I work an a Scrabble-like word game for Android, where yellow translucent letter tiles are placed on a white game board:


I don't want to to use boring rectangle tiles - and at the same time can not make my game too complicated... so I have come up with the following graphical assets (created with InkScape, exported to bitmap and then split in 4 pieces with ImageMagick):


As you can see above, there are round.svg and square.svg and I split them in 4 pieces:

  • round_0.png
  • round_1.png
  • round_2.png
  • round_3.png

  • square_0.png

  • square_1.png
  • square_2.png
  • square_3.png

And as you can see in the screenshot of the app, I then use these pieces to seamlessly layout the adjacent letter tiles.

My question is: for round.svg (and shadow.svg) I have just used 2 linear gradients at north-west and south-east corners - and that does not look good.

Does anybody have a good idea for my setup, how to better design the round.svg?

  • 1
    I'm not entirely clear why you are splitting these into separate images.
    – DA01
    Commented Jun 3, 2015 at 16:11
  • Because I'd like to form a single entity (like hot lead) of the adjacent letter tiles placed at the game board. If you look at the popular app Words with Friends they do similar stuff, but out of 9 or more tile-pieces... Commented Jun 3, 2015 at 16:14
  • 1
    Oh! I get it. So these aren't parts of one tile, but rather individual tiles that will be grouped together. That is a bit trickier.
    – DA01
    Commented Jun 3, 2015 at 16:16
  • Well my statement wasn't an answer, just a heads up in case you didn't know and a bit of advice based on my opinion. Removing it as it's unwanted.
    – Dom
    Commented Jun 4, 2015 at 16:19

2 Answers 2


How are you building the app? I'm not as familiar with Android, but in iOS I'd probably consider building this with Phonegap and simply using CSS for everything. With CSS, all I'd need is the DIV. I can then style it with the gradient, color, rounded corners and drop shadow. No need to chop and dice images.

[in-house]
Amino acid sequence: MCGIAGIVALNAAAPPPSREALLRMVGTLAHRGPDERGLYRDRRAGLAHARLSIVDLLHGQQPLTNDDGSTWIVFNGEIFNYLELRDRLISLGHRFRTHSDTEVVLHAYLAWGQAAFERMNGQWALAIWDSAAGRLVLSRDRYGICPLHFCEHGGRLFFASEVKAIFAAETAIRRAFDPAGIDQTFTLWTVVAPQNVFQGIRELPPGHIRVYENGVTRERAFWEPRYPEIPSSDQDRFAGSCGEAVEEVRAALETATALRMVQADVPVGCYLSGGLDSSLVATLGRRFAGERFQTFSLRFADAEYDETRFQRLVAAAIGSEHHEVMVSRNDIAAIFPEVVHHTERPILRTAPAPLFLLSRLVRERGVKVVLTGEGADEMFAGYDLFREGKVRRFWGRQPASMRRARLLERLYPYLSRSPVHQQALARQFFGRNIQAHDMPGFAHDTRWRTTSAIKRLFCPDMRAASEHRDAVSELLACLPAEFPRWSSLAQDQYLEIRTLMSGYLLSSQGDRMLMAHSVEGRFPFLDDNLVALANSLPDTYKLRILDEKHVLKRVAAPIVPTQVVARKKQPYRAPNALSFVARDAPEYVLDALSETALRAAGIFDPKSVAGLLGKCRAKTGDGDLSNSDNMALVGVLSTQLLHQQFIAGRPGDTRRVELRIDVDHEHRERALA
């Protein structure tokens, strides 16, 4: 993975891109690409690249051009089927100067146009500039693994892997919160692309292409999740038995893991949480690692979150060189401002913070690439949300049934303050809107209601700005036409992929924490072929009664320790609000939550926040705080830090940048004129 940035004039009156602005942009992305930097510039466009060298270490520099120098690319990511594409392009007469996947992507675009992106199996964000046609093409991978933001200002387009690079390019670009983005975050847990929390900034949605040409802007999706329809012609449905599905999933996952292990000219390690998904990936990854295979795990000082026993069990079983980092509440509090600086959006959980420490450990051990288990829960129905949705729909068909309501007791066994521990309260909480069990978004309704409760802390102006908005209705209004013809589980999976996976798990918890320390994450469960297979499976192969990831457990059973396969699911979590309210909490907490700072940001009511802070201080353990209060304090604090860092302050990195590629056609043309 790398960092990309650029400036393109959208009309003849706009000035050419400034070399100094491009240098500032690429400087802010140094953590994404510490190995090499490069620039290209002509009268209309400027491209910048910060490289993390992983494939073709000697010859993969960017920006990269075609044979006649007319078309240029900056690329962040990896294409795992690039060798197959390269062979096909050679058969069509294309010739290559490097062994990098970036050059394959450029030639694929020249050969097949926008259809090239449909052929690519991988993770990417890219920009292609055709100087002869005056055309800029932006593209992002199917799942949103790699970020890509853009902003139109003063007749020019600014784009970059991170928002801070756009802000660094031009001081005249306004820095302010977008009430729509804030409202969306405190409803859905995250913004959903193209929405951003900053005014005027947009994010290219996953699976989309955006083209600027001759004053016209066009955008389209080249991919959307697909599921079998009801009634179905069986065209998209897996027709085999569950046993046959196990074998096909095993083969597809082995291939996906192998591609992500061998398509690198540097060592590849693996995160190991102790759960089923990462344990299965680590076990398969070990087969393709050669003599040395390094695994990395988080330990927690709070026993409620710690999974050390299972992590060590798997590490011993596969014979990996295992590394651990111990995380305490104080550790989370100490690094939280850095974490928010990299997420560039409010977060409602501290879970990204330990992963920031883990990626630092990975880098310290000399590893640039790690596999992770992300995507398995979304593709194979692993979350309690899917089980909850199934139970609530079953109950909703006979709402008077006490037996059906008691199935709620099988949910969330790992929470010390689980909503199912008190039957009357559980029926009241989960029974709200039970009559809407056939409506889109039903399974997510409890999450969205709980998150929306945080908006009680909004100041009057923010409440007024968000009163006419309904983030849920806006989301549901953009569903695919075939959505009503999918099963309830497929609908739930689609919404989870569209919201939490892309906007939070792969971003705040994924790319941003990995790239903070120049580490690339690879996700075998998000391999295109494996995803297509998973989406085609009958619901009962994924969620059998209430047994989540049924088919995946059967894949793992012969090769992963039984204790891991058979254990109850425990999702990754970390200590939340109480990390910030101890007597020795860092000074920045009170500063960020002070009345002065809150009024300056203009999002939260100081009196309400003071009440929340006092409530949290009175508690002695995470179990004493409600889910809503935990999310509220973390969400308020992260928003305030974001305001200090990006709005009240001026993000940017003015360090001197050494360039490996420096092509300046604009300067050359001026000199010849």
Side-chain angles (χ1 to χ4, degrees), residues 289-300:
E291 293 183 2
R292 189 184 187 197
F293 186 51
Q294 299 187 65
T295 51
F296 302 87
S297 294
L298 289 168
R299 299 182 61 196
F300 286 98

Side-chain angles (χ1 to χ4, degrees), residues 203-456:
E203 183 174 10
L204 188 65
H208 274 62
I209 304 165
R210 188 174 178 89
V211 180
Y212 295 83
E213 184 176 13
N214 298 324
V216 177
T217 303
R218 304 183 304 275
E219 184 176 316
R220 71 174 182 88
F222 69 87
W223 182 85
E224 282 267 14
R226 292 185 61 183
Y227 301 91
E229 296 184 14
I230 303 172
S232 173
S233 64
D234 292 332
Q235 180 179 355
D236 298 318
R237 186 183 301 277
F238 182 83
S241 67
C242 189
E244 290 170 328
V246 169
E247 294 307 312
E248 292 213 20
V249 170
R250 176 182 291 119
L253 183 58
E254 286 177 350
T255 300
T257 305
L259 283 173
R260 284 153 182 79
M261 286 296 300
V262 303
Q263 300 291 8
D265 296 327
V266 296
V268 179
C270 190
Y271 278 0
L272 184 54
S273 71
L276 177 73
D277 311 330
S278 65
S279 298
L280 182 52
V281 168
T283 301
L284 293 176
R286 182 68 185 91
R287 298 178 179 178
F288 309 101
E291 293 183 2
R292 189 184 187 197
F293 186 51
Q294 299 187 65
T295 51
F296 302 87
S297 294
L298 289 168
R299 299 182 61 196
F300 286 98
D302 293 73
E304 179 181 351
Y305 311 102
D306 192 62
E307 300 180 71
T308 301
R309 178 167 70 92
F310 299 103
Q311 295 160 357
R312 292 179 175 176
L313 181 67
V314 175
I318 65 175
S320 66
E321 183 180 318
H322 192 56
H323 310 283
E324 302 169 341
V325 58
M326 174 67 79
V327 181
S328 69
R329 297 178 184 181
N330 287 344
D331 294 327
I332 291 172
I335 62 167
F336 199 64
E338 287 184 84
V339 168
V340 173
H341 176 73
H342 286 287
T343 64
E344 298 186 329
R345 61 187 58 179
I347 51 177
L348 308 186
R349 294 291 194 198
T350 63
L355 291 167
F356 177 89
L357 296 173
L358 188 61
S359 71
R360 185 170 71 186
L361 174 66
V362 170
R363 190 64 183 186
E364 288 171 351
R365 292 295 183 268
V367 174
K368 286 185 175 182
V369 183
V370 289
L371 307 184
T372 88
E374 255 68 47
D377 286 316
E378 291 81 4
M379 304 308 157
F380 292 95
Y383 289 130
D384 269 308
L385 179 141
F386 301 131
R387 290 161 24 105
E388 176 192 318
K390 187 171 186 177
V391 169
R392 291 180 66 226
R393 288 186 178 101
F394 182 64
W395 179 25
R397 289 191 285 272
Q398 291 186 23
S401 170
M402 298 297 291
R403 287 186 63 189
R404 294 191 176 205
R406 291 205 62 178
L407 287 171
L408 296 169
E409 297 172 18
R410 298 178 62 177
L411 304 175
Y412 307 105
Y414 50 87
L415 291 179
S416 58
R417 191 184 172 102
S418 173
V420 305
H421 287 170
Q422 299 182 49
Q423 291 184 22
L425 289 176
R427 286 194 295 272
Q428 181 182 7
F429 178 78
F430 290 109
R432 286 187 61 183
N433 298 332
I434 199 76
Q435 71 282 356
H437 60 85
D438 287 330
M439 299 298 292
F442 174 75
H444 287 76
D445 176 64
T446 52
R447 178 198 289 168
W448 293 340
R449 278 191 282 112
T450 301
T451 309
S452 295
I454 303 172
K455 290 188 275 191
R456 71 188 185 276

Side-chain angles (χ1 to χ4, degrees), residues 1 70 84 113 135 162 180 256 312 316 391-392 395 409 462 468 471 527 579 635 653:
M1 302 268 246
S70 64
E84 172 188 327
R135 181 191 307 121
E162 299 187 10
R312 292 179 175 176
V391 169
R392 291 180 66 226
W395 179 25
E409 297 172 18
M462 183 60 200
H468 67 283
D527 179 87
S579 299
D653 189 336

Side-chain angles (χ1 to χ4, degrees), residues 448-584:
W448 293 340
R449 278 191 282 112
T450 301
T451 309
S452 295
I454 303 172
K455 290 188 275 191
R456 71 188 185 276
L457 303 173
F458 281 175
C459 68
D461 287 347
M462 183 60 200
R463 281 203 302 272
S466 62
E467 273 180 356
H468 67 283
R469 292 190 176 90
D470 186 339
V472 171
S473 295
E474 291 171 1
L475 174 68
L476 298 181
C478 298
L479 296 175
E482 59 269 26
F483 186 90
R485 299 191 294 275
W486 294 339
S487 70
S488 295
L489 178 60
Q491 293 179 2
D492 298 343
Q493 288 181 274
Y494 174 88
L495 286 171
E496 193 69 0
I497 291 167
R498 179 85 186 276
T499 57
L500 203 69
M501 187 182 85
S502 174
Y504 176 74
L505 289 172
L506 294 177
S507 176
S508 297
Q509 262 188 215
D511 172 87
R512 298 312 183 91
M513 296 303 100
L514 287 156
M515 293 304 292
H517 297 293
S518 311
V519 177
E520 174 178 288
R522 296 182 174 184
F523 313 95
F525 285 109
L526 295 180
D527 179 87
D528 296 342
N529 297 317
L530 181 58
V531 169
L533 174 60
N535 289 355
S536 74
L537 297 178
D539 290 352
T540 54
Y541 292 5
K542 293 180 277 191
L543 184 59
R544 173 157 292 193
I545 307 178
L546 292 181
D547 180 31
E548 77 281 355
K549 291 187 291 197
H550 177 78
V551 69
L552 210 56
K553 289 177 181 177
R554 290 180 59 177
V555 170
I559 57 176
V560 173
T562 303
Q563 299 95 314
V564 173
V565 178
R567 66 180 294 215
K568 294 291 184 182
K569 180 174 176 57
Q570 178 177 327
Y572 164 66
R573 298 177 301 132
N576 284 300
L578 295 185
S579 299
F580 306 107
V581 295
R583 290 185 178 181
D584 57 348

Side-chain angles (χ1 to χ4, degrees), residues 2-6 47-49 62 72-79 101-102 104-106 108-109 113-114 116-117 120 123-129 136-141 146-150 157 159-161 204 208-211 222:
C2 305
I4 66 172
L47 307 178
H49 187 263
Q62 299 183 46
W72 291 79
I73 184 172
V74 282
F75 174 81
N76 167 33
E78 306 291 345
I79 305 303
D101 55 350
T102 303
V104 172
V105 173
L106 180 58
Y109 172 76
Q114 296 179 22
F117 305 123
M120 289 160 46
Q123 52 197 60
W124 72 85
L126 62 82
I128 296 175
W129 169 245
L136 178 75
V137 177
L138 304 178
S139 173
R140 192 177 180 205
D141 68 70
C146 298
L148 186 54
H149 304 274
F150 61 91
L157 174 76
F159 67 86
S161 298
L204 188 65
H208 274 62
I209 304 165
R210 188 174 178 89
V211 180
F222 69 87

I imagine you can do the same with the UI tools within whatever particular coding framework you are using.

Bottom line, don't use images, you should be able to render these in code.


OK, I think I get what you are doing now.

That said, my answer still stands, I think you'd ultimately have an easier time handling this in code vs. hard assets.

That said, I think what you need to do get the 3-D effect you want is to not use a gradient, but as Takkat points out, a highlight along the contiguous top and left edge of the grouped tiles and a shadow line on the contiguous right and bottom edge of the grouped tiles.

This means you will likely need more tiles.

For example:

  • square0 = top highlight (for groups of more than one row)
  • square1 = left highlight (for groups of more than one column)
  • square2 = bottom shadow (for groups of more than one row)
  • square3 = right shadow (for groups of more than one column)
  • square4 = top highlight, bottom shadow (for groups of one row)
  • square5 = left highlight, right shadow (for groups of one column)

Even after all of that, though, you'll still have issues where you have inside corners. Ideally, you'd also then have a set of squares with just corner highlights and shadows to accommodate all the inside corner combinations: top left highlight, bottom right shadow, top right shadow-to-highlight transition, bottom left shadow-to-highlight transition, then the combinations (top left and bottom right, bottom left and upper right)

At this point, I'd say things are getting messy and I'd suggest one of two options:

  • see if you can do this with code logic instead
  • rethink the aesthetic and perhaps go with a flat-design rather than 3-D to save you the headache of all these separate graphics.
  • I understand what you suggest (doing shadows and effects in code), but would like to go the opposite way (every asset pre-rendered as much as possible). Commented Jun 3, 2015 at 16:17
  • 1
    @AlexanderFarber FYI, I updated my answer with some more info.
    – DA01
    Commented Jun 3, 2015 at 16:21

To add a simple bevel effect to a flat shape we can add light and dark reflections at the (rounded border) by drawing a white and a black transparent line:

enter image description here

Then we apply a blur effect to this line to make it smoother to obtain the following icon (may be cut to desired pieces):

enter image description here

Note that we then did not apply a gradient to the object fill.

  • Have you done this in InkScape? Do you cut a rectangle inside - and then move it down and to the right? Commented Jun 3, 2015 at 15:58
  • 1
    Yes it's inkscape. I just used the straight line draw tool for the white line on top of your example. Then I copied & pasted the white line to mirror it horizontally and vertically for the black line.
    – Takkat
    Commented Jun 3, 2015 at 16:01
  • This suggested bevel is a great visual effect, but I probably won't be able to use it with square.png - if you look for example at the corner made of the letters P, I, T in the app screenshot... Commented Jun 3, 2015 at 16:05
  • You would not be able to shape the single tile 'T' with 4 objects anyway.
    – Takkat
    Commented Jun 3, 2015 at 16:10
  • I still think that's possible with 4 pieces: if you imagine all adjacent letters like being drawn on yellow paper, with corners being curved up (with small corner shadows). Commented Jun 3, 2015 at 16:25

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